March 2013

Ok, some more hardware plans. Initially I thought that Raspberry Pi would be a good choice for a groundstation. But since XEFIS runs on Qt5 and does a lot of drawing, it needs more capable CPU than some slow ARM on Raspberry Pi. GPU won’t cut it, because I’m already using Qt’s QPainter and I’m not willing to rewrite everything to OpenGL. So, Rasperry runs XEFIS rather slowly – 1 fps with EFIS and NAV displays – and doesn’t meet my needs. ;-) So I bought a mini-ITX motherboard with dual-core 1.86 GHz Atom. And then added threaded painting to XEFIS. Works fine now. 15-20 fps is OK, and it will be even more if I hide ND, which I won’t really need for FPV flying (or at least I won’t need all VORs, DMEs, airports, etc displayed).

Raspberry Pi will find its place inside the model and will run XEFIS, too, but without any “displays” – just modules responsible for automated flight, communication, etc. They are not very CPU-demanding.

There’s also a LCD panel, Chinese LG substitute, that waits to be connected to the motherboard. I had to order LVDS connector to the motherboard from China, since obviously Intel had to put a connector that’s impossible to buy in normal electronics store.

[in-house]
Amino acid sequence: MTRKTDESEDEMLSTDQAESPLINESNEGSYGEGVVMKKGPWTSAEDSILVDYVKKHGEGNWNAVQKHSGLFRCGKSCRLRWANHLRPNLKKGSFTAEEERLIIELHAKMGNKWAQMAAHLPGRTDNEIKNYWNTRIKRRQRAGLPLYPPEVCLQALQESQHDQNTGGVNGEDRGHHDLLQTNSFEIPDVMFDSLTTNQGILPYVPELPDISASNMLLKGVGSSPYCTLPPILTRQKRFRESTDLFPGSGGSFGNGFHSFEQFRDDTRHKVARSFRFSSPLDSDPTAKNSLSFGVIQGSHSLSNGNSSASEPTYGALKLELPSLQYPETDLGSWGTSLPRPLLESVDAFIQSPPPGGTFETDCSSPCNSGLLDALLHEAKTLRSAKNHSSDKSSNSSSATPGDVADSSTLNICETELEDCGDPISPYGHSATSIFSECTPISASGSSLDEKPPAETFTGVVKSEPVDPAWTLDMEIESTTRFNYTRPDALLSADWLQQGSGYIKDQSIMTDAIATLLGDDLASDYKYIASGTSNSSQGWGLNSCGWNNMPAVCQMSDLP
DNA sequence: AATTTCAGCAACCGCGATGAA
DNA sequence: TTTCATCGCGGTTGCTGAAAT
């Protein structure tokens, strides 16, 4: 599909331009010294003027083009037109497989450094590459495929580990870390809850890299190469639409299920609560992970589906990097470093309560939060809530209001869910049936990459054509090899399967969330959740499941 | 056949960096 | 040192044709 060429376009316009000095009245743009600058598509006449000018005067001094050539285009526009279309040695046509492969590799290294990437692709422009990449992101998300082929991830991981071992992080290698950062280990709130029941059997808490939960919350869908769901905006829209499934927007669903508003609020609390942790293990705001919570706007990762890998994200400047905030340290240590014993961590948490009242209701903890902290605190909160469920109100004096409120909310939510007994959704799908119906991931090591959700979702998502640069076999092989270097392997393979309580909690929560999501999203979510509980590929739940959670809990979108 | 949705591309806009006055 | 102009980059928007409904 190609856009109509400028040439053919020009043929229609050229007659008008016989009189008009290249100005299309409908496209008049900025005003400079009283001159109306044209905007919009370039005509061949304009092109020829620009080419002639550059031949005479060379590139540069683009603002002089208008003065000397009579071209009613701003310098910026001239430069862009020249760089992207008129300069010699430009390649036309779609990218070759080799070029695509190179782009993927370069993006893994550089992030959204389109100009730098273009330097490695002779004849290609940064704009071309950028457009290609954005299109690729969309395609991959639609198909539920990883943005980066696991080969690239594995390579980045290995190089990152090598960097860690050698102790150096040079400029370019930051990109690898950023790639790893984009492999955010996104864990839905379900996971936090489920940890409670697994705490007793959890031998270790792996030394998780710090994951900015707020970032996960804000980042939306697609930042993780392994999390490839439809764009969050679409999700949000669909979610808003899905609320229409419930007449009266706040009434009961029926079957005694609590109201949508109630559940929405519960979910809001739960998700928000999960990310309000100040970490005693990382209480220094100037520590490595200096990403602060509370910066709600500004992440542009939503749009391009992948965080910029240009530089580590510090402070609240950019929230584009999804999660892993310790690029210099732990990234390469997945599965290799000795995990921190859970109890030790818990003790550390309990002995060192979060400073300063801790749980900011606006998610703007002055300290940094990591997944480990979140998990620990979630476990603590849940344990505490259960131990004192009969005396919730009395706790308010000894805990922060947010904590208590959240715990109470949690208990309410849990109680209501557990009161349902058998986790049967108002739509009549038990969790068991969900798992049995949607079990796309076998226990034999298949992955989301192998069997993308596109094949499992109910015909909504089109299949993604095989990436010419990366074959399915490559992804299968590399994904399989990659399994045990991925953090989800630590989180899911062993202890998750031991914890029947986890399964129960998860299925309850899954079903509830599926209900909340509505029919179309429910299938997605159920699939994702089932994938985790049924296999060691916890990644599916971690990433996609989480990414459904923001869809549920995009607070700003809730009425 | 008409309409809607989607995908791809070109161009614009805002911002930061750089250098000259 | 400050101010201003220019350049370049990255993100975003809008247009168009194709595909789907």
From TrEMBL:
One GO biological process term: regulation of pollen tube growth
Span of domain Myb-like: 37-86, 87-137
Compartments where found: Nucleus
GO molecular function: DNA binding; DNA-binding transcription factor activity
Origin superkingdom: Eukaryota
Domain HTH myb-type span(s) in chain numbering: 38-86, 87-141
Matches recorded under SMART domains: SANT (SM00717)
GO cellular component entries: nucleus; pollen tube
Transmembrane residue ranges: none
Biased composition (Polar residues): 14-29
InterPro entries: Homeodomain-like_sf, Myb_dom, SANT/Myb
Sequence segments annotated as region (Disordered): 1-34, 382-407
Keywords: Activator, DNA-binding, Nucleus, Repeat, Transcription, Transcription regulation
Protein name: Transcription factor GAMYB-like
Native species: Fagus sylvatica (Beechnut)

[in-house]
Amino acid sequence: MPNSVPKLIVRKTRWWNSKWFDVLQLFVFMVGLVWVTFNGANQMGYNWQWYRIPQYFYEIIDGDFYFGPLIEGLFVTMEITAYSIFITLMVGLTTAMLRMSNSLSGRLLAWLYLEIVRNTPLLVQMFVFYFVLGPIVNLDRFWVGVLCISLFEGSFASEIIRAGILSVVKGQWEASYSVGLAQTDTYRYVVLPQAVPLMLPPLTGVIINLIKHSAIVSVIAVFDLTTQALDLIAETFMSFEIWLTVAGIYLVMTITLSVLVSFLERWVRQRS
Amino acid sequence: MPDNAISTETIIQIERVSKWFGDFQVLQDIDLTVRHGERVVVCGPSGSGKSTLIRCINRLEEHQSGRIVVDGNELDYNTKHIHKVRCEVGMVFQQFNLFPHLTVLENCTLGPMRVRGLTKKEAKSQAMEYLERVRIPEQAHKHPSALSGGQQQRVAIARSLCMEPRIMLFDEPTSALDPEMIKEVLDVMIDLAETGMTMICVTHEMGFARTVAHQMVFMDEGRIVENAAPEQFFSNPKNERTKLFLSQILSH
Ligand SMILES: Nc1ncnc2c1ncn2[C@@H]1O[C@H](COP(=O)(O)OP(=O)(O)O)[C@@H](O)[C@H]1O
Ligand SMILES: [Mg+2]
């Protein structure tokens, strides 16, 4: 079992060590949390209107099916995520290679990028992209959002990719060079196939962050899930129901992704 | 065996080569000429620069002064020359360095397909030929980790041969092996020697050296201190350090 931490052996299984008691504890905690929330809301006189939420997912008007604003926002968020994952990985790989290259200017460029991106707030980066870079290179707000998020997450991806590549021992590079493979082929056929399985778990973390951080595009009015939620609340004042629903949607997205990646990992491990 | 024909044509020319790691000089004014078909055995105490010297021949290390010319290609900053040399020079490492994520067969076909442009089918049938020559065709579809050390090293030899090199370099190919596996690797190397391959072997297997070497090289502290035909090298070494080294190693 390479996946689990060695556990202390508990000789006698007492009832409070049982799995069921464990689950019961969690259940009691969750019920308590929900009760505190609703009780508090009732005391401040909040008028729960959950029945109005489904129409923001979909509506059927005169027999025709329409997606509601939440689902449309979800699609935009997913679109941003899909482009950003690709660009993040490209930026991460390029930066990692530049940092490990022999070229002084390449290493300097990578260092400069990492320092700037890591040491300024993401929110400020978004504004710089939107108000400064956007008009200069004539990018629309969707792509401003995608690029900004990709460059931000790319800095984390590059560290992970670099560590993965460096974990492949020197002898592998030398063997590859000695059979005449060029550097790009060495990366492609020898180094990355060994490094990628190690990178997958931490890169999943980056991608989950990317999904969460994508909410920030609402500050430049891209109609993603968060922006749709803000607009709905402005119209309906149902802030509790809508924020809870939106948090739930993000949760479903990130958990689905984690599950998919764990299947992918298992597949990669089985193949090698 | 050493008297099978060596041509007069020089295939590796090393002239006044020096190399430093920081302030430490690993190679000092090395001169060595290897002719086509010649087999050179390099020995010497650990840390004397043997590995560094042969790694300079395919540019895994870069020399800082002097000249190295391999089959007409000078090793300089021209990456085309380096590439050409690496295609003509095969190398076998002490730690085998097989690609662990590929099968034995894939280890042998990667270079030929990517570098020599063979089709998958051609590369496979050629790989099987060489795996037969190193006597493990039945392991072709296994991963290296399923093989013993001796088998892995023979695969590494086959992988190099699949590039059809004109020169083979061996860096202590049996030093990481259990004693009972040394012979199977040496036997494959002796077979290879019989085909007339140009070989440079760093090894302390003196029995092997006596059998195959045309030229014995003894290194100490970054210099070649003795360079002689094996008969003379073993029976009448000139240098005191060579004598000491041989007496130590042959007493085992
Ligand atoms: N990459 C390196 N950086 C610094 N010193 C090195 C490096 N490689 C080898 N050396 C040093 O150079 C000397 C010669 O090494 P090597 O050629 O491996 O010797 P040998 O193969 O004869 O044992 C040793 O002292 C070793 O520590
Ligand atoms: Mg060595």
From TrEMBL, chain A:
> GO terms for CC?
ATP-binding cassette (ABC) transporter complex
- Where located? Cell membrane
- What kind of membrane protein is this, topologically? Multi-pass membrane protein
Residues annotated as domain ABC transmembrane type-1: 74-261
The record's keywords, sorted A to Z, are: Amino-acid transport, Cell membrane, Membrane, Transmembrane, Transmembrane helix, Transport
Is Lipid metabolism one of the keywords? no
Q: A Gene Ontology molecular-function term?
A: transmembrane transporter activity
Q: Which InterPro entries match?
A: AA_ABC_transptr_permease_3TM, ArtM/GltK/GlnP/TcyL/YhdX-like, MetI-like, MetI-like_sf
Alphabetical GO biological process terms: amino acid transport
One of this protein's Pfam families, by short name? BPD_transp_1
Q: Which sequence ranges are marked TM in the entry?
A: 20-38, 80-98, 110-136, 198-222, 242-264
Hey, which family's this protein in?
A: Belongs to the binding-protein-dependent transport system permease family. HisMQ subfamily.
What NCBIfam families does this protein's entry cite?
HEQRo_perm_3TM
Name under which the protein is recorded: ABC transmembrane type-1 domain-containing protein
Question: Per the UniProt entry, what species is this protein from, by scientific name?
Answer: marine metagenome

Raspberry Pi + GPS receiver, Intel DN2800MT Atom motherboard

Raspberry Pi + GPS receiver, Intel DN2800MT Atom motherboard

A brief list of what I have already:

  • Motherboard
  • LCD panel
  • Noname 16 GB SSD hard drive (Archlinux installed)
  • Knobs, switches, interfaces, 7-segment displays
  • Small TV display
  • Casing
  • Barometric pressure sensor – for airport pressure reference

Things related to the plane:

  • Raspberry Pi
  • Adafruit I²C-PWM controller (for servos)
  • GPS module
  • Barometric pressure sensor

I still need:

  • CNC-cut panels
  • MAX7219 chips for controlling switches and 7-segment displays
  • At least three 5 Ah 3-cell LiPo batteries
  • Communications modules – controlling and telemetry

And for the plane:

  • Airframe
  • IMU with compass
  • Airspeed sensor
  • Current and voltage sensor
  • Transceiver for plane control and telemetry
  • Pan-tilt mechanism for camera
  • Backup camera
  • Servos, motor, etc.

Maybe I’ll try to hack EagleTree Airspeed sensor, will see. They don’t have any documentation, so they’re basically useless if not used with other EagleTree modules, unless someone tries to figure out their communication.

Since I don’t plan to put radio modules inside my groundstation, I’m not worried about them now. Let’s say that radios will be a separate station.

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